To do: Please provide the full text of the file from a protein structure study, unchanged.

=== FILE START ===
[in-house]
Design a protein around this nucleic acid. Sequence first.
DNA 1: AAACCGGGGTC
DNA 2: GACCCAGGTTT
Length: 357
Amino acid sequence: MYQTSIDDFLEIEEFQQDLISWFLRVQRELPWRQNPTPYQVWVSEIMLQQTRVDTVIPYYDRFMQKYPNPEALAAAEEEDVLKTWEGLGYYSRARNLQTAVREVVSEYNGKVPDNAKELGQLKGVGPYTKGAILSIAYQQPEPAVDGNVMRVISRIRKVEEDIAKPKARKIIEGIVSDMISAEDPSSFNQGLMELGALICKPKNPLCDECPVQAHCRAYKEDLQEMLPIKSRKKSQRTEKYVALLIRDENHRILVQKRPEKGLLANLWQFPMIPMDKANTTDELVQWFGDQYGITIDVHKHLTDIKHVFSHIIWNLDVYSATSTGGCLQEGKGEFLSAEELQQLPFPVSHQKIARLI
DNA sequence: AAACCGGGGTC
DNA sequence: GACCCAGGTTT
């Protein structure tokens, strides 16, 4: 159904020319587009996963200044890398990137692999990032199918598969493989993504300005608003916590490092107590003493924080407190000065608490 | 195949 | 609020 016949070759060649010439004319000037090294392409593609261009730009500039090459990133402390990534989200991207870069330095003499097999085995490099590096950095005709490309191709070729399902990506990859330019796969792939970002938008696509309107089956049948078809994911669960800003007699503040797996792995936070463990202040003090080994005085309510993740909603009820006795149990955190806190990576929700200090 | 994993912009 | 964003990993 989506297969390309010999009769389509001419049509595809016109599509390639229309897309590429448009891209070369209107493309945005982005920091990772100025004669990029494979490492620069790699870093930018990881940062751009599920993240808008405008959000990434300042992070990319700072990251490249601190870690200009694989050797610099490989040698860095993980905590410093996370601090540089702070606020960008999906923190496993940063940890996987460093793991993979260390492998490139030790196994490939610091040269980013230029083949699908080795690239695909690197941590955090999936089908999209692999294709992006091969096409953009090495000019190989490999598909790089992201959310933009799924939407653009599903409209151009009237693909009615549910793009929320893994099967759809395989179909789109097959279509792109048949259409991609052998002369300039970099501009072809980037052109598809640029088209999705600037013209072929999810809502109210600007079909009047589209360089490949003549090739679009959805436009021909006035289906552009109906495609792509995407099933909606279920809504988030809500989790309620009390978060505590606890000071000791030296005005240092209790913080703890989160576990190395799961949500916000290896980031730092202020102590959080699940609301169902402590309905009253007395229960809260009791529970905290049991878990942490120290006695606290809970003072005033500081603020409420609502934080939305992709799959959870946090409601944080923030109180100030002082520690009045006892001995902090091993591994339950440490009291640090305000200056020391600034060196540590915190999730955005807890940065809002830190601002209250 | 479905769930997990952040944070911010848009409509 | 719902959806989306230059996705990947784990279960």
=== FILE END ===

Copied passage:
[in-house]
Design a protein around this nucleic acid. Sequence first.
DNA 1: AAACCGGGGTC
DNA 2: GACCCAGGTTT
Length: 357
Amino acid sequence: MYQTSIDDFLEIEEFQQDLISWFLRVQRELPWRQNPTPYQVWVSEIMLQQTRVDTVIPYYDRFMQKYPNPEALAAAEEEDVLKTWEGLGYYSRARNLQTAVREVVSEYNGKVPDNAKELGQLKGVGPYTKGAILSIAYQQPEPAVDGNVMRVISRIRKVEEDIAKPKARKIIEGIVSDMISAEDPSSFNQGLMELGALICKPKNPLCDECPVQAHCRAYKEDLQEMLPIKSRKKSQRTEKYVALLIRDENHRILVQKRPEKGLLANLWQFPMIPMDKANTTDELVQWFGDQYGITIDVHKHLTDIKHVFSHIIWNLDVYSATSTGGCLQEGKGEFLSAEELQQLPFPVSHQKIARLI
DNA sequence: AAACCGGGGTC
DNA sequence: GACCCAGGTTT
């Protein structure tokens, strides 16, 4: 159904020319587009996963200044890398990137692999990032199918598969493989993504300005608003916590490092107590003493924080407190000065608490 | 195949 | 609020 016949070759060649010439004319000037090294392409593609261009730009500039090459990133402390990534989200991207870069330095003499097999085995490099590096950095005709490309191709070729399902990506990859330019796969792939970002938008696509309107089956049948078809994911669960800003007699503040797996792995936070463990202040003090080994005085309510993740909603009820006795149990955190806190990576929700200090 | 994993912009 | 964003990993 989506297969390309010999009769389509001419049509595809016109599509390639229309897309590429448009891209070369209107493309945005982005920091990772100025004669990029494979490492620069790699870093930018990881940062751009599920993240808008405008959000990434300042992070990319700072990251490249601190870690200009694989050797610099490989040698860095993980905590410093996370601090540089702070606020960008999906923190496993940063940890996987460093793991993979260390492998490139030790196994490939610091040269980013230029083949699908080795690239695909690197941590955090999936089908999209692999294709992006091969096409953009090495000019190989490999598909790089992201959310933009799924939407653009599903409209151009009237693909009615549910793009929320893994099967759809395989179909789109097959279509792109048949259409991609052998002369300039970099501009072809980037052109598809640029088209999705600037013209072929999810809502109210600007079909009047589209360089490949003549090739679009959805436009021909006035289906552009109906495609792509995407099933909606279920809504988030809500989790309620009390978060505590606890000071000791030296005005240092209790913080703890989160576990190395799961949500916000290896980031730092202020102590959080699940609301169902402590309905009253007395229960809260009791529970905290049991878990942490120290006695606290809970003072005033500081603020409420609502934080939305992709799959959870946090409601944080923030109180100030002082520690009045006892001995902090091993591994339950440490009291640090305000200056020391600034060196540590915190999730955005807890940065809002830190601002209250 | 479905769930997990952040944070911010848009409509 | 719902959806989306230059996705990947784990279960």